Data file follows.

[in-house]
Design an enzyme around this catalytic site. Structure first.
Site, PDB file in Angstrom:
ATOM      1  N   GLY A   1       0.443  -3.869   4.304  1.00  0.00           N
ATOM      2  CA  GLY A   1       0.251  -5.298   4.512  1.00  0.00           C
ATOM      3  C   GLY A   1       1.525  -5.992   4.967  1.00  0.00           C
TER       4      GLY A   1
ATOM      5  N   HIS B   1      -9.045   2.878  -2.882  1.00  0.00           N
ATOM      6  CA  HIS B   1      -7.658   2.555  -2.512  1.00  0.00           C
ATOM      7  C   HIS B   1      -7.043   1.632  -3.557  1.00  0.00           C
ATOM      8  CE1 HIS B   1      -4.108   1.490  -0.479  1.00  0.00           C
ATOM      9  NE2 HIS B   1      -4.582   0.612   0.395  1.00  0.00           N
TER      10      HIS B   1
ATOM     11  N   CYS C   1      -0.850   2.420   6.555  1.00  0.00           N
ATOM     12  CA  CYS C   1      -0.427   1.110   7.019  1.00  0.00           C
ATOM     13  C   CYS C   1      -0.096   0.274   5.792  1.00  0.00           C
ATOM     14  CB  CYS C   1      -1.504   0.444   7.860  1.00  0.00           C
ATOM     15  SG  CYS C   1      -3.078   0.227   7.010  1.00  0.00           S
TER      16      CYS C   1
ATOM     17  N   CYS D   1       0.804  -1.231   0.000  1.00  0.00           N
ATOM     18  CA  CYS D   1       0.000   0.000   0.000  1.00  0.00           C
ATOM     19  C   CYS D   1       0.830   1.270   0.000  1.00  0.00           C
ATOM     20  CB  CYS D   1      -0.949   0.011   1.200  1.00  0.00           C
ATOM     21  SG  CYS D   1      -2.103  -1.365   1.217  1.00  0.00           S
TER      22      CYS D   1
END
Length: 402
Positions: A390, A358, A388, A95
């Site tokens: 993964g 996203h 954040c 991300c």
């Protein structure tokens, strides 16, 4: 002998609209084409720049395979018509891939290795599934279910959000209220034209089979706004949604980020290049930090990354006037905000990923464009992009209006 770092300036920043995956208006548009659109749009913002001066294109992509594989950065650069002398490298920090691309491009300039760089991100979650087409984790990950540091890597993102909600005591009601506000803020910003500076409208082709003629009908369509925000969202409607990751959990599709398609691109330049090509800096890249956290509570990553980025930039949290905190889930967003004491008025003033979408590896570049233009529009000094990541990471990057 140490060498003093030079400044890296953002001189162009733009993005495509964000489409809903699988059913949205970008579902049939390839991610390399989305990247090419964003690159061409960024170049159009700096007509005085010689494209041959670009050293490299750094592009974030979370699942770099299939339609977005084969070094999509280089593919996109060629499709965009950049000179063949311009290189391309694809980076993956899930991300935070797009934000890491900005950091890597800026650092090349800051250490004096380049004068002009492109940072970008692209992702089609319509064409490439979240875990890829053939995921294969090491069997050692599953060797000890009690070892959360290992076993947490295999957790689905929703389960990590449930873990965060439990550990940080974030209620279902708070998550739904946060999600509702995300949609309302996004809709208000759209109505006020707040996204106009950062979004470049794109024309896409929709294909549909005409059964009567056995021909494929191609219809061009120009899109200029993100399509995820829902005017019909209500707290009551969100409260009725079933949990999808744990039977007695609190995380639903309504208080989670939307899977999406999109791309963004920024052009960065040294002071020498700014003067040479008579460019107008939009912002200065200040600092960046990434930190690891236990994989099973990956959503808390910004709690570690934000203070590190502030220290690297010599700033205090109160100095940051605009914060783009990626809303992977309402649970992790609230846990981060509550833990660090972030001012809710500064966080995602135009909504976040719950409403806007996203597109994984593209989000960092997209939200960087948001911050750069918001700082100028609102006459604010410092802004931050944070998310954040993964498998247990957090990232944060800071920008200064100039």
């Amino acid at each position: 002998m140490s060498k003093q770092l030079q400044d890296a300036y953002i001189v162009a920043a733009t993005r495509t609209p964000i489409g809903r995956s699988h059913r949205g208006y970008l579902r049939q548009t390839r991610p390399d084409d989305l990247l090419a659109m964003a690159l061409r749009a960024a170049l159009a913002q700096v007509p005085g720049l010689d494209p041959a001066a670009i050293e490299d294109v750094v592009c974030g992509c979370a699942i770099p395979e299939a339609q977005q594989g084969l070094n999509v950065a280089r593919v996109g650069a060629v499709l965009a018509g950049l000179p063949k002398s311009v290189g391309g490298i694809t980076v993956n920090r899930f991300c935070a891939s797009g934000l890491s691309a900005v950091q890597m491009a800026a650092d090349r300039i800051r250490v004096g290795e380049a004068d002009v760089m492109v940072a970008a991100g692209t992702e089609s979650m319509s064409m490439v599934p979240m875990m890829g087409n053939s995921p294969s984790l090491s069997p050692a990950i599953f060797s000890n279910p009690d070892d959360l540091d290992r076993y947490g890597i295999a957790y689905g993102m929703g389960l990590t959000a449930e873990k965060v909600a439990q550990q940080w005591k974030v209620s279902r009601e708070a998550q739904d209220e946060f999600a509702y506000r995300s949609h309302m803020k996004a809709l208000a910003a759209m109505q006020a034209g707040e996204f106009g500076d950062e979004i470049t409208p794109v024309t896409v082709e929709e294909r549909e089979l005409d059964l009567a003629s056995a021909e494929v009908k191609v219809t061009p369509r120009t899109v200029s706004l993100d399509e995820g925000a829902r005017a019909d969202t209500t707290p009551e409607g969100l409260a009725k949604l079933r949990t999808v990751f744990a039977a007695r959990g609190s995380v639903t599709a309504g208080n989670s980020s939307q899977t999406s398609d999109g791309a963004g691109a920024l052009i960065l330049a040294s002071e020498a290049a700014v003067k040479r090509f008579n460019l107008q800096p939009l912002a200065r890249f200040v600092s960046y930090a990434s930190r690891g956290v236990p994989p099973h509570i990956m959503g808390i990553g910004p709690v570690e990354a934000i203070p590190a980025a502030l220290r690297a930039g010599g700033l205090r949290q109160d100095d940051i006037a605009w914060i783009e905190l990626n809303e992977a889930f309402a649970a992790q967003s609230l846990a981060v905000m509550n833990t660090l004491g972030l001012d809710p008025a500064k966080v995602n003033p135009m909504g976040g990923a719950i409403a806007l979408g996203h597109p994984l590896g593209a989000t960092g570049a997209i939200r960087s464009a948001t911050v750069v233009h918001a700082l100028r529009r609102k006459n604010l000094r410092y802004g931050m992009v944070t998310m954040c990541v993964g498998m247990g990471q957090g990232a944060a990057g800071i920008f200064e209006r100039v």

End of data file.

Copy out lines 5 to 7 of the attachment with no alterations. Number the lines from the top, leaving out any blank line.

ATOM      2  CA  GLY A   1       0.251  -5.298   4.512  1.00  0.00           C
ATOM      3  C   GLY A   1       1.525  -5.992   4.967  1.00  0.00           C
TER       4      GLY A   1